The article by Walker et al. (2017) titled “Active-Duty Military Service Members’ Visual Representations of PTSD and TBI in Masks” describes the study aimed to identify potential mental disorders in the active-duty military. As a research problem, the development of PTSD and other mood issues is proposed to be evaluated as the consequences of mission-related TBI. The intervention implies involving the target group of 370 participants and organizing a mask-making session. The researchers state that such work allows determining the individual traits of each member of the study and analyzing the characteristic features of created masks in conjunction with documented therapeutic data (Walker et al., 2017). The study has made it possible to determine what motives drive the active-duty military when making masks. The findings related to the issues of culture, self-identity, self-awareness, and other personal aspects have helped identify the participants’ individual traits and develop potentially effective interventions aimed to assist military personnel in adapting to life.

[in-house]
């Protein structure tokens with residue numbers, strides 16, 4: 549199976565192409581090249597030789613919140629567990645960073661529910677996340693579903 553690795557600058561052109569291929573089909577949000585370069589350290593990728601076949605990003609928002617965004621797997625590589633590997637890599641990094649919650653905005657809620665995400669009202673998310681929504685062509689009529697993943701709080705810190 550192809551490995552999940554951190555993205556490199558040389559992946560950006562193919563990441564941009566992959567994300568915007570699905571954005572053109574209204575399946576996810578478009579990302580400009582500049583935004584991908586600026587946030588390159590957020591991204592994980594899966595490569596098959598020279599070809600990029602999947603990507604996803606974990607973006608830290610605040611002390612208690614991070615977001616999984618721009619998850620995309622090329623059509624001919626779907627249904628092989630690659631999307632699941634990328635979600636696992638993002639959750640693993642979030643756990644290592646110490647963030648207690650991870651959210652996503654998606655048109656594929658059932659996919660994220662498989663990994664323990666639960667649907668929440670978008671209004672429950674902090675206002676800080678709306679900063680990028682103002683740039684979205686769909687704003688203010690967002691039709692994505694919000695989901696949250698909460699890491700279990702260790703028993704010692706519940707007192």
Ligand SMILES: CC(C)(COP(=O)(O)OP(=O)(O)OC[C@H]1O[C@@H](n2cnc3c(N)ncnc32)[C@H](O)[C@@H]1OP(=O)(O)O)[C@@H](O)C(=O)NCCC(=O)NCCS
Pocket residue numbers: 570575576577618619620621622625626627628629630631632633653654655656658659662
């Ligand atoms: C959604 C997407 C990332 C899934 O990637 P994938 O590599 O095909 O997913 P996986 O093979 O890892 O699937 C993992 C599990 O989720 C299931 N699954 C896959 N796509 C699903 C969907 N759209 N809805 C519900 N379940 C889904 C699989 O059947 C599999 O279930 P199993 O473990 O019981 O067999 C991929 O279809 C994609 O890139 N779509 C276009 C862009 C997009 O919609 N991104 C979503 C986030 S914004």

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The article under consideration offers a unique method of interacting with the target audience and can be valuable from a practical perspective in addressing the problems of military personnel with mental disorders. Applying a grounded theory as a basic approach to research is a convenient and correct solution since interaction with real people is assumed. The art session utilized as an intervention is an effective practice of assessing the individual characteristics of each participant involved due to an opportunity to reflect on one’s personal characteristics. The application of the results of this study in a real environment can help support military personnel at risk of developing mental and mood disorders caused by mission-related TBI. The theoretical base involved allows presenting the relevant justifications objectively, and the study is credible and valid.
Walker, M. S., Kaimal, G., Gonzaga, A. M., Myers-Coffman, K. A., & DeGraba, T. J. (2017). Active-duty military service members’ visual representations of PTSD and TBI in masks. International Journal of Qualitative Studies on Health and Well-Being, 12(1), 1267317. Web.